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leeIn his book, “Lee: The Last Years,” Charles Bracelen Flood reports that after the Civil War, Robert E. Lee visited a Kentucky lady who took him to the remains of a grand old tree in front of her house. There she bitterly cried that its limbs and trunk had been destroyed by Federal artillery fire. She looked to Lee for a word condemning the North or at least sympathizing with her loss. After a brief silence, Lee said, "Cut it down, my dear Madam, and forget it."

 

What did the woman want Lee to do about it, anyway? His perspective was quite a bit different than hers. He had lost a bloody war; she had lost a tree. Perhaps his silence was due to his struggling to maintain control of himself. His answer to her reminds us that at times it is far better to forgive whatever injustices there may be than to allow bitterness to control or even destroy us. And some things just aren't that important anyway. They may be very important to us, certainly. But in the grand scheme of things, aren't there a few things which deserve our energy more?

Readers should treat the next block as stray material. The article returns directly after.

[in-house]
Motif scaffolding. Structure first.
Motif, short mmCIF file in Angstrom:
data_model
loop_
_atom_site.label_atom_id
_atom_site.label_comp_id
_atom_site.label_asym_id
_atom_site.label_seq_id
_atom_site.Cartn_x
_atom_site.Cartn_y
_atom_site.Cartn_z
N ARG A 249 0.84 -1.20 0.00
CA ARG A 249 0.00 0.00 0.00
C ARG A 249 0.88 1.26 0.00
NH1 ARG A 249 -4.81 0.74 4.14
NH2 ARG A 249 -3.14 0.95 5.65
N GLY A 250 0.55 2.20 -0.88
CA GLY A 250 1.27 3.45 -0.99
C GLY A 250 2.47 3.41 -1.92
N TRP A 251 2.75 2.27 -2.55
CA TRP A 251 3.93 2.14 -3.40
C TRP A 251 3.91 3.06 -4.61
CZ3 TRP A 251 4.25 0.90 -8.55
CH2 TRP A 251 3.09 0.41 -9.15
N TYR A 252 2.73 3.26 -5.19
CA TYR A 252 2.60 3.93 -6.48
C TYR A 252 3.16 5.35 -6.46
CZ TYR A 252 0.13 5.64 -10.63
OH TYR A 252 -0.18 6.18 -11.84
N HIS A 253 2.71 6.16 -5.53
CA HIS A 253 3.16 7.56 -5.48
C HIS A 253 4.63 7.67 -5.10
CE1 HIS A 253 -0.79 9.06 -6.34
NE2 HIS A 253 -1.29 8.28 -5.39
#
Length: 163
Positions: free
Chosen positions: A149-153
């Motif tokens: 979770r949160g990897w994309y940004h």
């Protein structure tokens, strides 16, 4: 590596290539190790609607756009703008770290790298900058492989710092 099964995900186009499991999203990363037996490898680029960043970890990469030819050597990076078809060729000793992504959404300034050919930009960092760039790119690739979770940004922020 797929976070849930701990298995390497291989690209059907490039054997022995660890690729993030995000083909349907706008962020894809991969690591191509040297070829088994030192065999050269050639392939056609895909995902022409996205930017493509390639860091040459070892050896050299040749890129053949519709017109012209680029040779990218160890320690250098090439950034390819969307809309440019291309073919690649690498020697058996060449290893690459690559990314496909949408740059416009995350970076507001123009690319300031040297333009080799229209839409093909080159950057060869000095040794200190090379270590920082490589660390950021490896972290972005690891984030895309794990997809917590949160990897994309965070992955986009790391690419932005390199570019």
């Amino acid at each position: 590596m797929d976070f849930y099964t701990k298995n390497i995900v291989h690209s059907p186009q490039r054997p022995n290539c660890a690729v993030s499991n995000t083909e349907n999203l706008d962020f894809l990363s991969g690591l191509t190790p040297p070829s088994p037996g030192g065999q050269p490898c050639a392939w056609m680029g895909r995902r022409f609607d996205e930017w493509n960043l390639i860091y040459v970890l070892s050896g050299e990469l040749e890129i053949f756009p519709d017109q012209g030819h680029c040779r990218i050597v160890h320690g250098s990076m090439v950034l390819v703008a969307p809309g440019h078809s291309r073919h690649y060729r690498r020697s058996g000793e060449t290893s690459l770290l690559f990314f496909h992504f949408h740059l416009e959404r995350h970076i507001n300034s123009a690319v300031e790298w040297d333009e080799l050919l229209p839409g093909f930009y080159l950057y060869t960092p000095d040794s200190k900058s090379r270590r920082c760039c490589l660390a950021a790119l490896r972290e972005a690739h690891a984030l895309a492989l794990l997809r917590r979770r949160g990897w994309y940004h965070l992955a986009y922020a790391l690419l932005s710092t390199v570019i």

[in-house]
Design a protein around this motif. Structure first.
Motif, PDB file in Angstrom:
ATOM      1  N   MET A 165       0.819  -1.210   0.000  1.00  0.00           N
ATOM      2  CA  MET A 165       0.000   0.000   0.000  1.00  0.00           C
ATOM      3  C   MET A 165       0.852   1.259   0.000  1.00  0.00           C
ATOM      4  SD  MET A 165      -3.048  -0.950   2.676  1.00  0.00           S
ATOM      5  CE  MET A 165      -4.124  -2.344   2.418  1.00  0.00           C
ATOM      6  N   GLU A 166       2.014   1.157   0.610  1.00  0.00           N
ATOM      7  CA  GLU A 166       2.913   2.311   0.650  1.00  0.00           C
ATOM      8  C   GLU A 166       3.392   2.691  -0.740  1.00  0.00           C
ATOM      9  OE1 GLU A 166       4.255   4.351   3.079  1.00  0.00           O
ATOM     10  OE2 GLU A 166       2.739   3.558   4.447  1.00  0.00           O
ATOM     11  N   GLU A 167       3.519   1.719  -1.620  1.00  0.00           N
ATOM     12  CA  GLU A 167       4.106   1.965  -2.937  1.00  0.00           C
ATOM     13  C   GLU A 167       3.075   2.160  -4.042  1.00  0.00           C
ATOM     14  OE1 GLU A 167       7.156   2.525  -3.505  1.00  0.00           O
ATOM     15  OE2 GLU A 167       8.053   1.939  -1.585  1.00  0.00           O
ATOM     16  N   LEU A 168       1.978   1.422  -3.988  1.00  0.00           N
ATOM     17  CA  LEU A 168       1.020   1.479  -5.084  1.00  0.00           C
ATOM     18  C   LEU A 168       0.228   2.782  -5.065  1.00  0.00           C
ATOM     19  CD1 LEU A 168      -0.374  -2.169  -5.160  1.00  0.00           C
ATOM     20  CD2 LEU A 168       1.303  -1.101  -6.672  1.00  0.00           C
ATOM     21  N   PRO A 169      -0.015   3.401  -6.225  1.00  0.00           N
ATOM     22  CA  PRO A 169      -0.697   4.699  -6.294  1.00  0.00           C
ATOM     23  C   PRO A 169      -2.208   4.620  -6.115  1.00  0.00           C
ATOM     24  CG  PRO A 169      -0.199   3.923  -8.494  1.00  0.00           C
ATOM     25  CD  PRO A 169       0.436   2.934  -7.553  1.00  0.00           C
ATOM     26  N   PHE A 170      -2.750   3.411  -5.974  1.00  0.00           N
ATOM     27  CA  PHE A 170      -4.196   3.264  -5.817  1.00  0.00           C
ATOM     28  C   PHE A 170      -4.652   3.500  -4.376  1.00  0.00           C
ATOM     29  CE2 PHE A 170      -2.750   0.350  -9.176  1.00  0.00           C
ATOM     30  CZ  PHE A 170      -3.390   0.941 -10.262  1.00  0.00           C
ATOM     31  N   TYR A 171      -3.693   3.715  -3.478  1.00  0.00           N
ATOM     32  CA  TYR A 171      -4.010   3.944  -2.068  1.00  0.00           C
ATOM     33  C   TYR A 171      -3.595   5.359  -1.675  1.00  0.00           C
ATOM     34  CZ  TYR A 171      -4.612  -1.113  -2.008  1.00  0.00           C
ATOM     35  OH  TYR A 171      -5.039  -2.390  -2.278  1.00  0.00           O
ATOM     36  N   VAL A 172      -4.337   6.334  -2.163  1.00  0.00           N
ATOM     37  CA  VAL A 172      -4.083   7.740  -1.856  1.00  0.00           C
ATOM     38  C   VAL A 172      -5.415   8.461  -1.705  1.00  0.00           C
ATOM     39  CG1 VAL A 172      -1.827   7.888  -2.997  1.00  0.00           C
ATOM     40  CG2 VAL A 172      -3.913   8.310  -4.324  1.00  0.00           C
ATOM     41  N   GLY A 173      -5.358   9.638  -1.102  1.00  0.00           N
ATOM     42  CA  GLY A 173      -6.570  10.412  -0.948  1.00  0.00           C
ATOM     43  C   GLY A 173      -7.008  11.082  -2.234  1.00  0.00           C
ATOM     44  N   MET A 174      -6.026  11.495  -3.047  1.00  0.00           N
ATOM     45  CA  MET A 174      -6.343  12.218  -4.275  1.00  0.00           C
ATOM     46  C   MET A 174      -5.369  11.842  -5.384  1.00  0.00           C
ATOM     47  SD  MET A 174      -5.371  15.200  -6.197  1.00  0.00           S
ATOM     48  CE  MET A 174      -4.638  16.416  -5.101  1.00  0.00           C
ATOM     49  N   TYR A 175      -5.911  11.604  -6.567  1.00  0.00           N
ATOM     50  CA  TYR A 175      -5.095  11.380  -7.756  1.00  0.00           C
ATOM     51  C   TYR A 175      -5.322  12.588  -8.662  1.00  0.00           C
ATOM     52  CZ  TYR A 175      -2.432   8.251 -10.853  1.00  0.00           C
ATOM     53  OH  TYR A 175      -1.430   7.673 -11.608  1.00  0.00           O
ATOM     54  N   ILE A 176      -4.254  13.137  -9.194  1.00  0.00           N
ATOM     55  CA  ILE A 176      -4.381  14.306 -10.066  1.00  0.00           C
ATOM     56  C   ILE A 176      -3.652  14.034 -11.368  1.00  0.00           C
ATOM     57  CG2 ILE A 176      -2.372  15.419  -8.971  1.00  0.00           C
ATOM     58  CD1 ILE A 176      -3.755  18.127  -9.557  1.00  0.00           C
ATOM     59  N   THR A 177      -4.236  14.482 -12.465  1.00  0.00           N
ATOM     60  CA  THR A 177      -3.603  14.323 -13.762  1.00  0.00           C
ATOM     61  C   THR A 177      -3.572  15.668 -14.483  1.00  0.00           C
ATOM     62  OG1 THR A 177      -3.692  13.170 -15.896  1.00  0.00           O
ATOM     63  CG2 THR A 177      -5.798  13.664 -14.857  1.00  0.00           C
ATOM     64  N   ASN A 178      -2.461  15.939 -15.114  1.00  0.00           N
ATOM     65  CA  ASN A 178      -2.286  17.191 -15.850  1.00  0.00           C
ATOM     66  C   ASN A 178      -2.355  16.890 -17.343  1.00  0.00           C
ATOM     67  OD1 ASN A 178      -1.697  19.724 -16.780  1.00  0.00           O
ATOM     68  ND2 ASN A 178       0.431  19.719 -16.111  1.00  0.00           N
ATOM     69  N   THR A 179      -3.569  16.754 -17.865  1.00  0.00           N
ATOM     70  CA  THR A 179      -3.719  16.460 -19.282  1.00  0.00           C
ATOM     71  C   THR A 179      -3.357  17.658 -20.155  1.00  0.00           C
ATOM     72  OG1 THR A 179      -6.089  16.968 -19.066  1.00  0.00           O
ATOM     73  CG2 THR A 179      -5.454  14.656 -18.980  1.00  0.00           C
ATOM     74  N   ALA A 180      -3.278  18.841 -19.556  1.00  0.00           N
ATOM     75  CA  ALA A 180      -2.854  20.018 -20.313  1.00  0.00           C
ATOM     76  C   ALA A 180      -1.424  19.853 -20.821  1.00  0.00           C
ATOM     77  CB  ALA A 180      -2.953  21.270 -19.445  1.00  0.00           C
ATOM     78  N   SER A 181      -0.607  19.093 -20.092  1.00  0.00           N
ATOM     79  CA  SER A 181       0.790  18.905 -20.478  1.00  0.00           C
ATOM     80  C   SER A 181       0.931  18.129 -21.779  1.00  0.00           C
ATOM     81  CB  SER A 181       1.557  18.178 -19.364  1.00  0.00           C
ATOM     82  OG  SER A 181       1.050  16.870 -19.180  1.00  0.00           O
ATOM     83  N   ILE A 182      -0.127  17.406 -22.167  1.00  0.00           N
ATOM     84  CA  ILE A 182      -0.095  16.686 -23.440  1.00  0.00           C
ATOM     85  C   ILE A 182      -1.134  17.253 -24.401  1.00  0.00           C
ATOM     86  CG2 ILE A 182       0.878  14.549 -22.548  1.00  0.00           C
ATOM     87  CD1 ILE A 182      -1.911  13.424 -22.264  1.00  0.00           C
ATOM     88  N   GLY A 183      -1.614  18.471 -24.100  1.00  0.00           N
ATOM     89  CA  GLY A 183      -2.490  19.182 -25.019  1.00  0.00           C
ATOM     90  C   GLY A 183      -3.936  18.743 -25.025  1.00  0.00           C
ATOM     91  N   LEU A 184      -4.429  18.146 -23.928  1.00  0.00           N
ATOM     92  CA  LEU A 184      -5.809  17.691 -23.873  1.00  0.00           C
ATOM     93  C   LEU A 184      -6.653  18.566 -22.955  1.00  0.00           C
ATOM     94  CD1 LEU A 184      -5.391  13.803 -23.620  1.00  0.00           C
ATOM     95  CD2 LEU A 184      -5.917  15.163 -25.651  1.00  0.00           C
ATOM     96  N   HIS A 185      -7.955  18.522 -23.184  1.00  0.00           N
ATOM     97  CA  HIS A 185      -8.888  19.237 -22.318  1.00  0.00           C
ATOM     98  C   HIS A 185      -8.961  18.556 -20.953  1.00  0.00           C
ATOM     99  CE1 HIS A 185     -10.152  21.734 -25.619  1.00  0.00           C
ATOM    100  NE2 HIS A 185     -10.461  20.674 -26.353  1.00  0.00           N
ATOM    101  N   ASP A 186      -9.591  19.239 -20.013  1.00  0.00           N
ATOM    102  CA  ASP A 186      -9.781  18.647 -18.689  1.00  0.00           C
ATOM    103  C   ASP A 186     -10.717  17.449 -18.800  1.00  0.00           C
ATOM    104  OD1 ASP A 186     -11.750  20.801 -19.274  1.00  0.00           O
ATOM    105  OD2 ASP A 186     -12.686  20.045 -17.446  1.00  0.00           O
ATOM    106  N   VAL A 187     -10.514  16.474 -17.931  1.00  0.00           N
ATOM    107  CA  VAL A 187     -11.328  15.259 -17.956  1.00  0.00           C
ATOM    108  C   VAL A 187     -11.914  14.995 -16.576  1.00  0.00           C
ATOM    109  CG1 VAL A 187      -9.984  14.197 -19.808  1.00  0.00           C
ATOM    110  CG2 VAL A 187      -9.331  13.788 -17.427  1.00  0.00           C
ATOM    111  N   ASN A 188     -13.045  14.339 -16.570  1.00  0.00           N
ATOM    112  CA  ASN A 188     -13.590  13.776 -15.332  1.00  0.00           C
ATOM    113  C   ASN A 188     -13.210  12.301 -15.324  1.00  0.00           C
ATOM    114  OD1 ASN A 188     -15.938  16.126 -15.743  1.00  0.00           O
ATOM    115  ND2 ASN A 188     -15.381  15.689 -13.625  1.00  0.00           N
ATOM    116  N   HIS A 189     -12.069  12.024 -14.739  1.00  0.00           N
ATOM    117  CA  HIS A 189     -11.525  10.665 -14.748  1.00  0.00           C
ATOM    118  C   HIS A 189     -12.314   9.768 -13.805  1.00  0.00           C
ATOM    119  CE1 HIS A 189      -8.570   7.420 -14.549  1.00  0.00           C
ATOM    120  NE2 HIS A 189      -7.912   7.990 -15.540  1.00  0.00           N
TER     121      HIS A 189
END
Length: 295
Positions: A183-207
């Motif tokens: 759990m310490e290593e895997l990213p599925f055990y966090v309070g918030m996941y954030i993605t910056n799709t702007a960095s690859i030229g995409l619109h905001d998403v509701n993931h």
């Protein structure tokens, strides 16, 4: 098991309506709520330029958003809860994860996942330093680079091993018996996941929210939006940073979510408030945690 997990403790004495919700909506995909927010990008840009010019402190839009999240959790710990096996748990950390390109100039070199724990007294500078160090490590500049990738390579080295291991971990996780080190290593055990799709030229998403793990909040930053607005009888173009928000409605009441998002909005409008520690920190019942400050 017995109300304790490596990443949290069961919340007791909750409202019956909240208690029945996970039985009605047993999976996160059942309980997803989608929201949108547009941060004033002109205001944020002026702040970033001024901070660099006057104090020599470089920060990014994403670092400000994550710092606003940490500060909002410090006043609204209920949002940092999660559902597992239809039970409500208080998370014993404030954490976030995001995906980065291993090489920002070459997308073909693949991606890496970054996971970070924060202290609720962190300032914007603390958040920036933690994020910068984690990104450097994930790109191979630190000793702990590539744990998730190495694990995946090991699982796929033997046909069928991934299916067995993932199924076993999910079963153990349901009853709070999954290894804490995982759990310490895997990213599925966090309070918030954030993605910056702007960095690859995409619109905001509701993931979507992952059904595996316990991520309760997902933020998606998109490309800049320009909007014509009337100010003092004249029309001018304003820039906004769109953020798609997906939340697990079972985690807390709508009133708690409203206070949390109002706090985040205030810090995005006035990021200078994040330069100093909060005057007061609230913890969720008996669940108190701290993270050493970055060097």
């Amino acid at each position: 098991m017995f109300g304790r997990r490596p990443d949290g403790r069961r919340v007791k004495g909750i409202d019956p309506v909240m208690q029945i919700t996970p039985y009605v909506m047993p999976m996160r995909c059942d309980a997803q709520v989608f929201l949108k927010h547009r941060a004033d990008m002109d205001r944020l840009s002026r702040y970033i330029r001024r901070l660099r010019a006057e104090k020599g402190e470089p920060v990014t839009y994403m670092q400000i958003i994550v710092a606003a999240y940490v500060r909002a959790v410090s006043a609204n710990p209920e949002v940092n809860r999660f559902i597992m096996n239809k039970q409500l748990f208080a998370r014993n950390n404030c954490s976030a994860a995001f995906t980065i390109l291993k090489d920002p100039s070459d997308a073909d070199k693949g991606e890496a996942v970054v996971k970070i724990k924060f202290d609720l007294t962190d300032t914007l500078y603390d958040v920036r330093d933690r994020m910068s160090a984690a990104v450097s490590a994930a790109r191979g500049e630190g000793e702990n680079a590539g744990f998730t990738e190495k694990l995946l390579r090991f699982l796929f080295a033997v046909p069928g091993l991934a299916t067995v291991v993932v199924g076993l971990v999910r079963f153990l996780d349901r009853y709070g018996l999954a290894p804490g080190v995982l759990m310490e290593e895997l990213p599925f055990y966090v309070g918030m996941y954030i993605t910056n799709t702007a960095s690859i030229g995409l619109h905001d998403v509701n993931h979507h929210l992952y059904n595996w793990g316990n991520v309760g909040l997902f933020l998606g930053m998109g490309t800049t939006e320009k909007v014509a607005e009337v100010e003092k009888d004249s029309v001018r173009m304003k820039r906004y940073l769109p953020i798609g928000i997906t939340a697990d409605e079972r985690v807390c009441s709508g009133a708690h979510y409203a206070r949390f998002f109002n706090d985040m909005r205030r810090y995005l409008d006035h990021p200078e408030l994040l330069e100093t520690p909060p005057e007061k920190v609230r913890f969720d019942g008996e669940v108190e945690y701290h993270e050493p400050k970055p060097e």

Rocky Henriques